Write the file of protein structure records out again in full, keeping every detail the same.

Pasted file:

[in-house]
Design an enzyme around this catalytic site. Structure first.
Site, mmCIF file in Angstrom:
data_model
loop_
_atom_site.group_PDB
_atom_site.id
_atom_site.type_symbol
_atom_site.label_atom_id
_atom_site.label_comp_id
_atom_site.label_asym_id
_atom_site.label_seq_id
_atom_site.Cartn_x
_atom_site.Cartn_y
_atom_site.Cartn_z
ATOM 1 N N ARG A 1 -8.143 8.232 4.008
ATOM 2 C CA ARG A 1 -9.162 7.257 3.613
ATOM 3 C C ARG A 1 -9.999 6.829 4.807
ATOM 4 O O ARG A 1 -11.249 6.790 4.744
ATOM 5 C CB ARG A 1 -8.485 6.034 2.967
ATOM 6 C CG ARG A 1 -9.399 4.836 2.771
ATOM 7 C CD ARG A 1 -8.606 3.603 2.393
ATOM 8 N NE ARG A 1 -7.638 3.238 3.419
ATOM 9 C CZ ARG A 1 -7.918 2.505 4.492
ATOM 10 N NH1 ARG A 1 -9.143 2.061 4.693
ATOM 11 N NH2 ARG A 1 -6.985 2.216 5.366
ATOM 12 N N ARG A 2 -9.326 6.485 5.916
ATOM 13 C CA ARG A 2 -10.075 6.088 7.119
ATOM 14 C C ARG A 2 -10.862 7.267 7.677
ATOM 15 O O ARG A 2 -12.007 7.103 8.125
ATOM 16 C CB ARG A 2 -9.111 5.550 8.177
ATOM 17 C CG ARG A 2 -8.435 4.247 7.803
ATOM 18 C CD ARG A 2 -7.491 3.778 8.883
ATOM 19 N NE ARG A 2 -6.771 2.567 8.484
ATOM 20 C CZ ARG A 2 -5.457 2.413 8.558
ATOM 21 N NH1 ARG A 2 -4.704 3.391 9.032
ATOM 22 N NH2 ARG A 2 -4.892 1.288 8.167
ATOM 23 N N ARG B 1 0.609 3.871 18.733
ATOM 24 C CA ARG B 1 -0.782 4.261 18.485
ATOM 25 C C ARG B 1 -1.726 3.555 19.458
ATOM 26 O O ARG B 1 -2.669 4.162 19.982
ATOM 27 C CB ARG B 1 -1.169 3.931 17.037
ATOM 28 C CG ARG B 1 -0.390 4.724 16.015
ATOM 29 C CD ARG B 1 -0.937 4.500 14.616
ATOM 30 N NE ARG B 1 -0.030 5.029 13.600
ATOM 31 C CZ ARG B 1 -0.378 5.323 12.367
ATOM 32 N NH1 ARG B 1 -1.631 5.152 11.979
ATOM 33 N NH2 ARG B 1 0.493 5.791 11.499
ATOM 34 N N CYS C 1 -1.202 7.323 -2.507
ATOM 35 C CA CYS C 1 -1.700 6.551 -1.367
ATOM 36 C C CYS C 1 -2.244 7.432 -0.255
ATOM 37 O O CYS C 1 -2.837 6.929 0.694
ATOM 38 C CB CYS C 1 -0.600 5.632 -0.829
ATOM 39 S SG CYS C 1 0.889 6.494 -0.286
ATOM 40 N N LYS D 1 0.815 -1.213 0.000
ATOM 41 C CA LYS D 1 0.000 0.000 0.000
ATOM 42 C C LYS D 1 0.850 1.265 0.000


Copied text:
[in-house]
Design an enzyme around this catalytic site. Structure first.
Site, mmCIF file in Angstrom:
data_model
loop_
_atom_site.group_PDB
_atom_site.id
_atom_site.type_symbol
_atom_site.label_atom_id
_atom_site.label_comp_id
_atom_site.label_asym_id
_atom_site.label_seq_id
_atom_site.Cartn_x
_atom_site.Cartn_y
_atom_site.Cartn_z
ATOM 1 N N ARG A 1 -8.143 8.232 4.008
ATOM 2 C CA ARG A 1 -9.162 7.257 3.613
ATOM 3 C C ARG A 1 -9.999 6.829 4.807
ATOM 4 O O ARG A 1 -11.249 6.790 4.744
ATOM 5 C CB ARG A 1 -8.485 6.034 2.967
ATOM 6 C CG ARG A 1 -9.399 4.836 2.771
ATOM 7 C CD ARG A 1 -8.606 3.603 2.393
ATOM 8 N NE ARG A 1 -7.638 3.238 3.419
ATOM 9 C CZ ARG A 1 -7.918 2.505 4.492
ATOM 10 N NH1 ARG A 1 -9.143 2.061 4.693
ATOM 11 N NH2 ARG A 1 -6.985 2.216 5.366
ATOM 12 N N ARG A 2 -9.326 6.485 5.916
ATOM 13 C CA ARG A 2 -10.075 6.088 7.119
ATOM 14 C C ARG A 2 -10.862 7.267 7.677
ATOM 15 O O ARG A 2 -12.007 7.103 8.125
ATOM 16 C CB ARG A 2 -9.111 5.550 8.177
ATOM 17 C CG ARG A 2 -8.435 4.247 7.803
ATOM 18 C CD ARG A 2 -7.491 3.778 8.883
ATOM 19 N NE ARG A 2 -6.771 2.567 8.484
ATOM 20 C CZ ARG A 2 -5.457 2.413 8.558
ATOM 21 N NH1 ARG A 2 -4.704 3.391 9.032
ATOM 22 N NH2 ARG A 2 -4.892 1.288 8.167
ATOM 23 N N ARG B 1 0.609 3.871 18.733
ATOM 24 C CA ARG B 1 -0.782 4.261 18.485
ATOM 25 C C ARG B 1 -1.726 3.555 19.458
ATOM 26 O O ARG B 1 -2.669 4.162 19.982
ATOM 27 C CB ARG B 1 -1.169 3.931 17.037
ATOM 28 C CG ARG B 1 -0.390 4.724 16.015
ATOM 29 C CD ARG B 1 -0.937 4.500 14.616
ATOM 30 N NE ARG B 1 -0.030 5.029 13.600
ATOM 31 C CZ ARG B 1 -0.378 5.323 12.367
ATOM 32 N NH1 ARG B 1 -1.631 5.152 11.979
ATOM 33 N NH2 ARG B 1 0.493 5.791 11.499
ATOM 34 N N CYS C 1 -1.202 7.323 -2.507
ATOM 35 C CA CYS C 1 -1.700 6.551 -1.367
ATOM 36 C C CYS C 1 -2.244 7.432 -0.255
ATOM 37 O O CYS C 1 -2.837 6.929 0.694
ATOM 38 C CB CYS C 1 -0.600 5.632 -0.829
ATOM 39 S SG CYS C 1 0.889 6.494 -0.286
ATOM 40 N N LYS D 1 0.815 -1.213 0.000
ATOM 41 C CA LYS D 1 0.000 0.000 0.000
ATOM 42 C C LYS D 1 0.850 1.265 0.000